Jon Cohen has always been fond of Texas A&M.
From the time his father taught him the words to the "Aggie War Hymn" coming home from his first trip to College Station for a football game as a young boy, Aggieland has maintained a significant role in Cohen's life.
His wife, Patti, whom he met while both worked for General Dynamics in Abilene in the mid-1980s, needed a little more convincing.
In 1987, Jon suggested the couple go along on a bus trip of Aggies from Abilene to a game at Kyle Field. Patti, a west Texas native who began her college career at Angelo State University, had never been to an A&M game. The bus departed Abilene at 6 a.m., and to Patti's chagrin, she boarded the charter to find many passengers already thoroughly enjoying a hearty breakfast of donuts and beer.
"It was my first time to be around a big group of Aggies, and I was questioning the whole thing right then and there," joked Patti recently. "That's why it took me four more years to decide to marry him, because I wasn't sure whether or not I wanted to get into this Aggie thing."
Like many, Patti eventually fell in love with A&M, and the two were married in 1991. In fact, part of their honeymoon even involved taking in an A&M-Baylor football game in Waco the day after their wedding.
In recent years, the couple has cemented their legacy of love and support for the school by investing generously in Aggie athletics. In addition to endowing a student-athlete scholarship through the 1922 Fund, the Cohens have also named the 12th Man Foundation as a beneficiary in their estate plans.
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"We feel very strongly about supporting Texas A&M," said Jon. "We drafted our estate plan with several charities in mind, and after our church and our family, A&M was next. We feel strongly about giving to education and giving to athletics. Through this, we found a living passion by helping young Aggie student-athletes that otherwise might not be able to pursue their dreams or follow their talents."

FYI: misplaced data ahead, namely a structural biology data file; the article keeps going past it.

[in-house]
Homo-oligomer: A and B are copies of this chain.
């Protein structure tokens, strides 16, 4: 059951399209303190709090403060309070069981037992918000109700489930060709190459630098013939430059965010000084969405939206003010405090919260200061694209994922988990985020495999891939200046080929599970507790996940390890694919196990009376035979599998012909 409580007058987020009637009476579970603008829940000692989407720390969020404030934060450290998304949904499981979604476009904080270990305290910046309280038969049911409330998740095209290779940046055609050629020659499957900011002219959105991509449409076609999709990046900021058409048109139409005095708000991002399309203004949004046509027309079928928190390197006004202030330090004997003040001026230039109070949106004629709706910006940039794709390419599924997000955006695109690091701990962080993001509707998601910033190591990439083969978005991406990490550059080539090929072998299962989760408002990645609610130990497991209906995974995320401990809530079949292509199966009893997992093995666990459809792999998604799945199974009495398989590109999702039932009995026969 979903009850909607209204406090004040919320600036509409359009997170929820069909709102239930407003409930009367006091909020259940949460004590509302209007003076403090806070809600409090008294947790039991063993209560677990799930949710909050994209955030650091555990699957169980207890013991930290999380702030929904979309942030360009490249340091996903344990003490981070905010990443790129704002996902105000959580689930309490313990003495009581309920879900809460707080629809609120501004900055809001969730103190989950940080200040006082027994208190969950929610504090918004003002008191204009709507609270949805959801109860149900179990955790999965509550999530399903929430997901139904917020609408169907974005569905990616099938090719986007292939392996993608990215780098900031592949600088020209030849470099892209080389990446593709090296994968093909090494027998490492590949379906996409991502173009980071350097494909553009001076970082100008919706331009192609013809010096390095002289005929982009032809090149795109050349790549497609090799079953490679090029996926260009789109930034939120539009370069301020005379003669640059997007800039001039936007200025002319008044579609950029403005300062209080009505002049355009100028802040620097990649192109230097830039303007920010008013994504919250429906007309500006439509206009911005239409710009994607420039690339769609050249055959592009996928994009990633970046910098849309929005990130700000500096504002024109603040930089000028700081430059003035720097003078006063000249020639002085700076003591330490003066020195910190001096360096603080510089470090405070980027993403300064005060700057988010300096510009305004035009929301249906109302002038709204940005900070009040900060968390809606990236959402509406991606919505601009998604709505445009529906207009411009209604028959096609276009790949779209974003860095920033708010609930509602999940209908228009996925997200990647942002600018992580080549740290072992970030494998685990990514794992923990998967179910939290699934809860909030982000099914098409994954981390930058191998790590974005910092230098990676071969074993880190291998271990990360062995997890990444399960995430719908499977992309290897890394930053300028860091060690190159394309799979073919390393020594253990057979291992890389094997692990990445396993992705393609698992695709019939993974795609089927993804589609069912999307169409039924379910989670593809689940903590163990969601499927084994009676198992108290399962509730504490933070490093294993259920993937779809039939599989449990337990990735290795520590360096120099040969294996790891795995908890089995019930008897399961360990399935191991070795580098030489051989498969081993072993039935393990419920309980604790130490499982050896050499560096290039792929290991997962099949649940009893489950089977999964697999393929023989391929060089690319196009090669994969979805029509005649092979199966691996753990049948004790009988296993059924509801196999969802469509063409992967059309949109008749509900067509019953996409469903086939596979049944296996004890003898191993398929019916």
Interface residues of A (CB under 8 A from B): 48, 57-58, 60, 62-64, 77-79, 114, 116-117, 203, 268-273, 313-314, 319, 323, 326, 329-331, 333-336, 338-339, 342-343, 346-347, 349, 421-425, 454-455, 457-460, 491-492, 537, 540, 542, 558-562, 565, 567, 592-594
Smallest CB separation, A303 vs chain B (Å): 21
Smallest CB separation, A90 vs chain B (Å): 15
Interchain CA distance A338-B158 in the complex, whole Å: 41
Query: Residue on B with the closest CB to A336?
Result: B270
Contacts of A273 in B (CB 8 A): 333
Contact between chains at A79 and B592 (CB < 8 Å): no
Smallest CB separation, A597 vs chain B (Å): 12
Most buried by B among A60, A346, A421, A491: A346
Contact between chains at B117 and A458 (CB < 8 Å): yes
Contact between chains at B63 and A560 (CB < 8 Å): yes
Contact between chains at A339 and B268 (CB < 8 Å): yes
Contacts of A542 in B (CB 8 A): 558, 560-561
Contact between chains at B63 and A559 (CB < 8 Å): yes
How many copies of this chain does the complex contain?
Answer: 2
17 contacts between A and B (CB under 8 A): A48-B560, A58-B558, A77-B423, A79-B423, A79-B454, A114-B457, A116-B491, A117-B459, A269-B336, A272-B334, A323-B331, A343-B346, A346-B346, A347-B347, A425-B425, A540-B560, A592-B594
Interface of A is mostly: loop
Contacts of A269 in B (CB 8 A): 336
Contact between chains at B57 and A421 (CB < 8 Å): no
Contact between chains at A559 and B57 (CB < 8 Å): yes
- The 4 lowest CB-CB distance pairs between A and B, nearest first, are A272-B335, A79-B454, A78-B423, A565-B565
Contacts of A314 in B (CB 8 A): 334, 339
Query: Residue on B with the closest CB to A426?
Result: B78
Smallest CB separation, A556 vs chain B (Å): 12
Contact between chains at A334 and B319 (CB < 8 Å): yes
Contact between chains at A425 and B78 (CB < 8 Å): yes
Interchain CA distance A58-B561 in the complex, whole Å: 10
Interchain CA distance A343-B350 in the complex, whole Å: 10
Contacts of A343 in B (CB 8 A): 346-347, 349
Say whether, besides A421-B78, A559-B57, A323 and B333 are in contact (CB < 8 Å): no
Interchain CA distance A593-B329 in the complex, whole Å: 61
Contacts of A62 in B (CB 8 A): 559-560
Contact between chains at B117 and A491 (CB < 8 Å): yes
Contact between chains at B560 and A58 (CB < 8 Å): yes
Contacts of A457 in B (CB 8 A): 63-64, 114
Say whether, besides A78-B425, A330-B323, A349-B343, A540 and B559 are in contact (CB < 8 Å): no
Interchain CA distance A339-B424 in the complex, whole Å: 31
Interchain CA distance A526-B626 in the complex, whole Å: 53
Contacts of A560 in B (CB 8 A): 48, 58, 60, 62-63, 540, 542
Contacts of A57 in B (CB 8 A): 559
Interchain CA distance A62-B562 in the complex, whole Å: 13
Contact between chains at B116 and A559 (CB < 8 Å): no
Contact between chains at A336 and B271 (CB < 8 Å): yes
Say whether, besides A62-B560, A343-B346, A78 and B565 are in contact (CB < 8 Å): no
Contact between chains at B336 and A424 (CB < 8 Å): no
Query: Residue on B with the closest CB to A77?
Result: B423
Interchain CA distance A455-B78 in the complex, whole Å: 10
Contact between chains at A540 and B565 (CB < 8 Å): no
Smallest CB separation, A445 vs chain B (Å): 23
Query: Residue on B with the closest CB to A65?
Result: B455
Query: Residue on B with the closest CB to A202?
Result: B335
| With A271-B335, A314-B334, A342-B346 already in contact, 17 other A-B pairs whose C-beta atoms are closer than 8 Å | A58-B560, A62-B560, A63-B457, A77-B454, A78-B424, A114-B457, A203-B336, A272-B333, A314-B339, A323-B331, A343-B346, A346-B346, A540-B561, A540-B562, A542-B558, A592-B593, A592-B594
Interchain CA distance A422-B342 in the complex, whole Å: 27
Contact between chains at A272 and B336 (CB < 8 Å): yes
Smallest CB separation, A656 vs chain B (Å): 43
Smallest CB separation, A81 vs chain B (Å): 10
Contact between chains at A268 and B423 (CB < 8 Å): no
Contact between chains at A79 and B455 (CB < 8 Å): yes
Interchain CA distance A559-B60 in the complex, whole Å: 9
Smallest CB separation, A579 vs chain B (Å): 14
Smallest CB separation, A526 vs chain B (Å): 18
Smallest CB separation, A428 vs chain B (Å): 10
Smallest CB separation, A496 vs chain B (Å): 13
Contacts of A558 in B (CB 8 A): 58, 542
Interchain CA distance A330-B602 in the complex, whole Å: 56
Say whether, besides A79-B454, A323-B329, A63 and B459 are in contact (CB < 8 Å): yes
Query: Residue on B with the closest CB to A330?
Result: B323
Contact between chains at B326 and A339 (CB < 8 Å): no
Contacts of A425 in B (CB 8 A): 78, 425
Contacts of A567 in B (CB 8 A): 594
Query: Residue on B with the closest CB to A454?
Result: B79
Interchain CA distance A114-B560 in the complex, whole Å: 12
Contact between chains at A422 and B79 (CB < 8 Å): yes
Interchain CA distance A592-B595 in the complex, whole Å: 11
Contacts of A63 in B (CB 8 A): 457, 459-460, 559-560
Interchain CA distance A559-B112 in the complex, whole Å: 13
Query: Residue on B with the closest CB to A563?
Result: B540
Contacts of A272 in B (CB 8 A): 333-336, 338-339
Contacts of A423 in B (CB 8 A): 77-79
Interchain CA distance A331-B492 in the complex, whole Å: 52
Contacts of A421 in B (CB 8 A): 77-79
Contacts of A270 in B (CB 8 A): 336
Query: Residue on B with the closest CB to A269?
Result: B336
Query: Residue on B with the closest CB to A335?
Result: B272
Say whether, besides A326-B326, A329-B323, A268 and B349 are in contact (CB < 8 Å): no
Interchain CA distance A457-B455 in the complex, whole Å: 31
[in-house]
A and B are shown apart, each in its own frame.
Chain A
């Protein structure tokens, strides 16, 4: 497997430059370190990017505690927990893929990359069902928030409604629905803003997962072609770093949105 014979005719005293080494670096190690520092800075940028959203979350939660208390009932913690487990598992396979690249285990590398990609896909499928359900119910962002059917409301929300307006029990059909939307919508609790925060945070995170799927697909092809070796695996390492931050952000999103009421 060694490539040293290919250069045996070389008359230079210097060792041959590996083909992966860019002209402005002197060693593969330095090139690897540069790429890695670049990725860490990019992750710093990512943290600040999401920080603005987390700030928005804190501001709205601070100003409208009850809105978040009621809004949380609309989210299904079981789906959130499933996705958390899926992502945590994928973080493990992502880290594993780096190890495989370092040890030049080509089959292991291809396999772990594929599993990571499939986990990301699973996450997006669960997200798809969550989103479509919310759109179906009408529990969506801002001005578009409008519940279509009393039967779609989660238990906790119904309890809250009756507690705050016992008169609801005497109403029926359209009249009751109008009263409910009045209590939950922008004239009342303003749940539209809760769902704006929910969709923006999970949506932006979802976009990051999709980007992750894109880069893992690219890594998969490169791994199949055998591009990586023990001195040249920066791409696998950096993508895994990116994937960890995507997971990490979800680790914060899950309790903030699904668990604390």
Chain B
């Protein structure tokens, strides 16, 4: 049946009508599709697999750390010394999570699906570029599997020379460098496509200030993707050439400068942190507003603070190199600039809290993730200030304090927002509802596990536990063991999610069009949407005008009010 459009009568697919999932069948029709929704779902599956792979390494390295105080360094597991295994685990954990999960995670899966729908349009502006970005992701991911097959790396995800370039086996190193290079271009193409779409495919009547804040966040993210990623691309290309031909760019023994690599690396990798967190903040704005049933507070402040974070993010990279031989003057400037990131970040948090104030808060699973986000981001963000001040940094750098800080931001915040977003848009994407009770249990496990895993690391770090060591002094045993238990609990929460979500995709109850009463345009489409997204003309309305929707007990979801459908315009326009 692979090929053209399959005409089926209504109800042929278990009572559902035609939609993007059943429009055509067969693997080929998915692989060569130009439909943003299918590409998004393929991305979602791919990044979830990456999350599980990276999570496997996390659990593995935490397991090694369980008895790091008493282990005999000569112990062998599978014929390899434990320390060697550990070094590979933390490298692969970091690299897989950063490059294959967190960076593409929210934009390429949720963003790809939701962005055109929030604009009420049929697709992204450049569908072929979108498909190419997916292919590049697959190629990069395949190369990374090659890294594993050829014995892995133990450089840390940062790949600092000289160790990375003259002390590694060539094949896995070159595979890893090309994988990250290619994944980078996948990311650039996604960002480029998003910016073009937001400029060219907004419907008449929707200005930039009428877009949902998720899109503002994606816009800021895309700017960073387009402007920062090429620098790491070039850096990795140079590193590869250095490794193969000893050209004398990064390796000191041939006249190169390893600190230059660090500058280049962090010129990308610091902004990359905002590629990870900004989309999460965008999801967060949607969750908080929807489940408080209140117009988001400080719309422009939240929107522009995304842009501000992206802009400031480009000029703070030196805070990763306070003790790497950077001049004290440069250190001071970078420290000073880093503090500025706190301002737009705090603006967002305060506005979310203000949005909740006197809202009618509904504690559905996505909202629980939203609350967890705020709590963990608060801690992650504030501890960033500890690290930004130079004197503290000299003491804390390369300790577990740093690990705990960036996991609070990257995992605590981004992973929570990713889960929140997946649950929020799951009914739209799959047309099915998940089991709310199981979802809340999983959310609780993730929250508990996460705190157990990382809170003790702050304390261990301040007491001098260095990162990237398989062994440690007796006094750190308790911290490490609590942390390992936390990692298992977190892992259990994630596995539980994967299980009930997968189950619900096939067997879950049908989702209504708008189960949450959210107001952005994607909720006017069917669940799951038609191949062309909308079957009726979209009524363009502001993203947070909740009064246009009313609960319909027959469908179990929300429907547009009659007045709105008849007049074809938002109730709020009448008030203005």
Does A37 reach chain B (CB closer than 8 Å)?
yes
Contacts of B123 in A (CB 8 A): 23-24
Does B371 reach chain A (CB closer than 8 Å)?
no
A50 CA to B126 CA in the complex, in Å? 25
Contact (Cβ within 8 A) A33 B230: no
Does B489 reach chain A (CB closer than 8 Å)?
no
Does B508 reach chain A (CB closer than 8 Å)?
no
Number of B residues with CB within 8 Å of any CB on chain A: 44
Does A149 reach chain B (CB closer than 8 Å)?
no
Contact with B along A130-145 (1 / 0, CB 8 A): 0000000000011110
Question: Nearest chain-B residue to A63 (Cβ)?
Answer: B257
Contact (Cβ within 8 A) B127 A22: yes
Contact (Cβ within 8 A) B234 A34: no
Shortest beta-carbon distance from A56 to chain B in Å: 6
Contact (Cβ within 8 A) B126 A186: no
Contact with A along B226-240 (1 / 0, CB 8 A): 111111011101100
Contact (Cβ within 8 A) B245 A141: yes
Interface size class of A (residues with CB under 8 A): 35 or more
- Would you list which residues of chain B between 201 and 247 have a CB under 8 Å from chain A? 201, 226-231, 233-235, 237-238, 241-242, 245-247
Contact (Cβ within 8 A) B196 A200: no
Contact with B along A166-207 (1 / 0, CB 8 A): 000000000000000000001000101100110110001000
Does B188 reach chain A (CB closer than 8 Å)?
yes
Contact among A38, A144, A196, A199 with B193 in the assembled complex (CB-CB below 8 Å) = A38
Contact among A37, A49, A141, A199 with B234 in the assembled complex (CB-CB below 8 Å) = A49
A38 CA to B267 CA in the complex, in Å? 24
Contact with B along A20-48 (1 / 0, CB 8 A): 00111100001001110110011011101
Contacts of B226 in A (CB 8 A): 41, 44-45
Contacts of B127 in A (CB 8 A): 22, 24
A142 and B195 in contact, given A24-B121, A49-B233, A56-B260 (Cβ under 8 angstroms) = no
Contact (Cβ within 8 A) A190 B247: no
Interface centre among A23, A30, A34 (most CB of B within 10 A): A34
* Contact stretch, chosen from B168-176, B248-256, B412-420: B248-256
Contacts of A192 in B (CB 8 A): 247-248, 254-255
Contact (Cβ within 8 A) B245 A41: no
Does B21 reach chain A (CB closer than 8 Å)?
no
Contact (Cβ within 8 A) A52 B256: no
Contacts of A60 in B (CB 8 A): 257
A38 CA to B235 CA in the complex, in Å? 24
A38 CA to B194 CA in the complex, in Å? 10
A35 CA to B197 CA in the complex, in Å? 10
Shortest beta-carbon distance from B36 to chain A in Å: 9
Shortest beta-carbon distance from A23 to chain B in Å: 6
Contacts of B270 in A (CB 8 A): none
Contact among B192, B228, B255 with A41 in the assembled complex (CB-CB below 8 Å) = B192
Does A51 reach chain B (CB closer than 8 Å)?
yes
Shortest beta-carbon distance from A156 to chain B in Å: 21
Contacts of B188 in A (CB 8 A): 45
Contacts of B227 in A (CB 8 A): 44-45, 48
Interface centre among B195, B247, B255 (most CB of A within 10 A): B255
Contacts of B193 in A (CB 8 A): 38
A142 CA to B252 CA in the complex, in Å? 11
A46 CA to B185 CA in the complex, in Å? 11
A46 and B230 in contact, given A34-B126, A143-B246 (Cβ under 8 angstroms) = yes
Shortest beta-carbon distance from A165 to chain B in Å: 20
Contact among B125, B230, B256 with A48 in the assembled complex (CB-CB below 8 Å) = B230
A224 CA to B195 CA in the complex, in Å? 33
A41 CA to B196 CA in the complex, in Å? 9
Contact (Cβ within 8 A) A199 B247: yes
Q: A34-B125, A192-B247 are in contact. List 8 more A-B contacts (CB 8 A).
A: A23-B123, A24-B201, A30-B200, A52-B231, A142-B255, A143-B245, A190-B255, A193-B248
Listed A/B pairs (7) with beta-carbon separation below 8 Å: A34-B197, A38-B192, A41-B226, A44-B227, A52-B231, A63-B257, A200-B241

"I've always felt like it was important to give (to A&M) because this university gave so much to me. Words don't justify the gratitude I feel or that happiness I feel knowing that I can give back to a place that provides a foundation for making so many things possible."
Jon and Patti, who reside near Fort Worth, both spent time working for General Dynamics and Lockheed Martin. Jon is now a consultant, while Patti has spent 24 years as a technical analyst for Computer Sciences Corporation.
Busy work schedules have limited the couple's chances to attend games in College Station in recent years. But Jon said he has always kept a keen eye on the successes of Aggie teams, and he has even had casual conversations about A&M sports with strangers as far away as South Korea and Germany.
"A&M is known worldwide," Jon said. "In addition to the great education, what gives it that worldwide reach is our athletic programs. There is a lot of pride when you go halfway across the world and see an A&M flag or meet someone who wants to ask you about A&M."
Through their current scholarship endowment and estate gift, the Cohens are ensuring Aggie teams will continue to be a positive talking point around the world.
To those who support student-athletes by giving, I want to say thanks and gig 'em.
Without them, many young people who aren't financially stable or can't provide an education for themselves have a great opportunity. It makes A&M a better place."